As my dad got older, he suffered from neuropathy in his feet. He was perfectly able to drive, but he walked precariously, like timber ready to fall with any crosswind. His mix of vehicular mobility and personal immobility was a deadly combination. He could drive a hundred miles if the mood struck him but couldn’t walk a quarter mile if something went wrong. So, of course, one day he decided it would be a fine idea to take out a whole grove of Russian olive trees. With fire. To be fair, I don’t know if the plan was his or that of the buddy he roped into its execution. I do know that my dad once talked his cousin Laird into launching a milk can into the stratosphere with dynamite, so I have my suspicions.

Coleman michele
Michele and her husband, Dave, live in southern Idaho where they boast an extensive collection of...

The trees weren’t his trees, let us be clear. They certainly weren’t on his land, but they lined the three-quarter-mile dirt road leading back to his house. They grew gray-green and uninhibited in the marshy low places that run alongside the canal there, and they drove him nuts. Again, not his trees, but he took their existence personally. They taunted him. He had spent his whole life fighting a valiant if futile battle against Russian olive encroachment, only to find in his retirement years that they were sneaking up behind him on his unprotected flank.

So, one fateful morning, without warning, he drove into town and rented a propane weed burner. He hooked it to his tractor, and he and the neighbor started lighting the world on fire. I’m not sure what he thought was going to happen, but what did happen was the fire department paid him a visit just before he and his buddy took out southern Idaho. And the consequences for the mad men with the propane burner, no water and no escape plan? Not a darn thing. Dad wasn’t even cited. According to him (admittedly as unreliable a source as any to be found), the firefighters completely sympathized with the Rulon Gilbert Russian Olive Annihilation Project. That doesn’t mean he went entirely unpunished. The neighbor lady had been feeding a pride of feral cats living and multiplying in the Russian olive forest, and she was horrified when she found the trees lit up like the Fourth of July. I understand she gave Dad a taste of the Final Judgement.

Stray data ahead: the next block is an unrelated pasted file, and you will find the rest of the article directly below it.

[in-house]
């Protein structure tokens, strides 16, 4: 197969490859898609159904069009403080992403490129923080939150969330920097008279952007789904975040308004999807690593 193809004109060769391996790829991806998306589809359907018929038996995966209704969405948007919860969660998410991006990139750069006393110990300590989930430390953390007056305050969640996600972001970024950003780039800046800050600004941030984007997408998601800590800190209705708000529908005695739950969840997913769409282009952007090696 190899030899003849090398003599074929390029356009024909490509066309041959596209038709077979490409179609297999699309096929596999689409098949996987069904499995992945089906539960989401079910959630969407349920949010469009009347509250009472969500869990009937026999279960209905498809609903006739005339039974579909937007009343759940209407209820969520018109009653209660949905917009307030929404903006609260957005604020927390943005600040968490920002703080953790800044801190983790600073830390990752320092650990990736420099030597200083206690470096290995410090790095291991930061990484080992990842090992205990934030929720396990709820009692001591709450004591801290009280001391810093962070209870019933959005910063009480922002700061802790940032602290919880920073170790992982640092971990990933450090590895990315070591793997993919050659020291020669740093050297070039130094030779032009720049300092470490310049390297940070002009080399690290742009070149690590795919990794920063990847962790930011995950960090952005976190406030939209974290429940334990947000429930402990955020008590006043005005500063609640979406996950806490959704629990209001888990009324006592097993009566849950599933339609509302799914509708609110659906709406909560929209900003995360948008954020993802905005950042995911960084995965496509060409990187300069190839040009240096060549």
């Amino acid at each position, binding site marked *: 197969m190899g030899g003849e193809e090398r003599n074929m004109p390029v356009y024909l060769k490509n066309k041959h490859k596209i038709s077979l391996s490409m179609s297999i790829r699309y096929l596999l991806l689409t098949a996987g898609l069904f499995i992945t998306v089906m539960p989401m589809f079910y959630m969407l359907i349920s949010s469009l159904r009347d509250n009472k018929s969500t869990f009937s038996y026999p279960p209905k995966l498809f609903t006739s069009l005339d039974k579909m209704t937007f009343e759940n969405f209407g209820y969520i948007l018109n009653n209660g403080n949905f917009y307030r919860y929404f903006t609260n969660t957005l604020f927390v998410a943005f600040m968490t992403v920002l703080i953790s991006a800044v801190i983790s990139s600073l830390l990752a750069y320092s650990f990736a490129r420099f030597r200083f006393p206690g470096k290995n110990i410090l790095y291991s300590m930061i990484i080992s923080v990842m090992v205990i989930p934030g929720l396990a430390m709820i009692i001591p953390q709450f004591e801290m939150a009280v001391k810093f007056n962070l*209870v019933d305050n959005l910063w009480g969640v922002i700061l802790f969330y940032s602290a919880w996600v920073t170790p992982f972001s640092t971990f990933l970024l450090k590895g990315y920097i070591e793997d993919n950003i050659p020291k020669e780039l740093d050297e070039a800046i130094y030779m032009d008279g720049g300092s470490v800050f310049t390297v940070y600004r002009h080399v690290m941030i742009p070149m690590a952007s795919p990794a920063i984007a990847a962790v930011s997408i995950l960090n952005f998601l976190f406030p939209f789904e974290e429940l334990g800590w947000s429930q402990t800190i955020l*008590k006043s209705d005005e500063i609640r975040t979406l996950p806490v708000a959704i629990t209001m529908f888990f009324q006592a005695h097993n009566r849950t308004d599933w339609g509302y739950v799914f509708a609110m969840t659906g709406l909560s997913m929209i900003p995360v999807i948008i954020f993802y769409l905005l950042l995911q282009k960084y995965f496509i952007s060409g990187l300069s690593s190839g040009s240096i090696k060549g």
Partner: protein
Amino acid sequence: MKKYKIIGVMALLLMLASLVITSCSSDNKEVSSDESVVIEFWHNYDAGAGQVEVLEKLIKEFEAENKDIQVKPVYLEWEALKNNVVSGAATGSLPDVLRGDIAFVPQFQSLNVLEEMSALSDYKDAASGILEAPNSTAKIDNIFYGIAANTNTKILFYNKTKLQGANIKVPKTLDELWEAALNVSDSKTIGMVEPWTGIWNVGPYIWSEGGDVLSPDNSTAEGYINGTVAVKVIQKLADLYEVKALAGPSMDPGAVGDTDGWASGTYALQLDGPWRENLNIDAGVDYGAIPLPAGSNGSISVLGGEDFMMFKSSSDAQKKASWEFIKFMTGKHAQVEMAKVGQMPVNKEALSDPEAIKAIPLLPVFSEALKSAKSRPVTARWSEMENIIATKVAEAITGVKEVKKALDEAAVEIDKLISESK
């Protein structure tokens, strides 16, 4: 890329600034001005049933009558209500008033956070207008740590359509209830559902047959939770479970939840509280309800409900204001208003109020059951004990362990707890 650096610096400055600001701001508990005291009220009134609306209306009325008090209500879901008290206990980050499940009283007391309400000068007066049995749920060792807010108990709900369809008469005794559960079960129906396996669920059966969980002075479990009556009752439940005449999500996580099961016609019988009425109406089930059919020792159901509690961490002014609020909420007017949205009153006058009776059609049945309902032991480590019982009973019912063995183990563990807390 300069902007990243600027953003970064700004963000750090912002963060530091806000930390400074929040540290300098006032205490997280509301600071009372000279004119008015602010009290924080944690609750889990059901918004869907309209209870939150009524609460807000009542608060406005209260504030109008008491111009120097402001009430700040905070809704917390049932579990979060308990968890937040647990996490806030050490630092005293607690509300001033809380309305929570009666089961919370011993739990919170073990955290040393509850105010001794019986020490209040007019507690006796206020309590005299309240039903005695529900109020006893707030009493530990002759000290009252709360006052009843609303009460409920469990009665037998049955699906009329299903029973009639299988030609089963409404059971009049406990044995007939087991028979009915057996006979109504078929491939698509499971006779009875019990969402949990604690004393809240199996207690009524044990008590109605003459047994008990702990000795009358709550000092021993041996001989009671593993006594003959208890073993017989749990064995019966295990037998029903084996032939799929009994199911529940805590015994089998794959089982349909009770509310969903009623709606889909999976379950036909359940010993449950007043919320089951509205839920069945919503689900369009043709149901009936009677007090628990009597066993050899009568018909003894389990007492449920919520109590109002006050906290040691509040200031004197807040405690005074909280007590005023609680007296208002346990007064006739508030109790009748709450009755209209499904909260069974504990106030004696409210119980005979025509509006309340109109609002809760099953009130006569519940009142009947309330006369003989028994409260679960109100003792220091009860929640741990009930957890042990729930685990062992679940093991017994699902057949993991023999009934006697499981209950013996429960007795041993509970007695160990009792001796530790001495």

Russian olives burn hot, and they burn long, so Dad’s little escapade left a scorched and smoking mess. The drive to his house for a year after was through a ghastly, black, half-burned, stumpy, hellish landscape. According to me. “Dave,” I said one day as we drove through it, “what about this looks better? I would much rather have the living trees than the dead stumps and black soot everywhere! And what would have happened to Dad if he had gotten caught up in the fire? He couldn’t even run away! This could have been a real tragedy.”

Dave looked at me like I was half crazy and said, “It looks a whole lot better than it did before your dad took care of it.”


And that is the difference between me and the men in my life. To them, fire is a solution. To me, fire – I should say specifically fire in their hands – is a threat. If the world ends in a firestorm, there’s more than a 50% chance that a member of my family will have started it. I’m not naming any names, but my father is not the only man among my relations to bring out the big red trucks.

The bond between men and fire remains a mystery to me. Few things make Dave as happy as cleaning something out by burning it to the ground. On a damp spring day when the wind is blowing right, the ditch banks and borrow pits are his playground. Of course, weeds aren’t the only flammable things he sets alight. We’ve almost ended our marriage several times over the fact that I am not allowed to have cardboard boxes. In the weeks before fruit harvest or Christmas, I have to watch him like a hawk because he’ll burn anything that I haven’t specifically threatened him over. We borrowed some really nice moving boxes from our neighbors one year while we were remodeling the house. The family was very generous and only asked that we give the boxes back when we were done. Of course, I was extremely nervous about their lifespan on Coleman’s Farm of Fire, so I fully planned to tell David that they were sacred vessels, not to be meddled with. Of course, I didn’t act quickly enough. They were ashes to ashes and dust to dust before I even knew they had been unpacked.

I just cannot outmaneuver him. Come birthdays and Christmas, about the time everyone else is sitting down for cake and ice cream or figgy pudding, where’s Dave? He’s out burning boxes and wrapping paper in the back field. I’ve given up ever returning anything. Just be warned, in this house, if you unwrap something and take it out of the box, it’s yours. It doesn’t matter if it doesn’t work, if it’s the wrong color, or if you already have three. You can’t return it because Dave has already burned the box, the instructions, the warranty and probably some of the parts.

On the other hand, if you’re up for a hot dog roast in December, I know just the place to send you.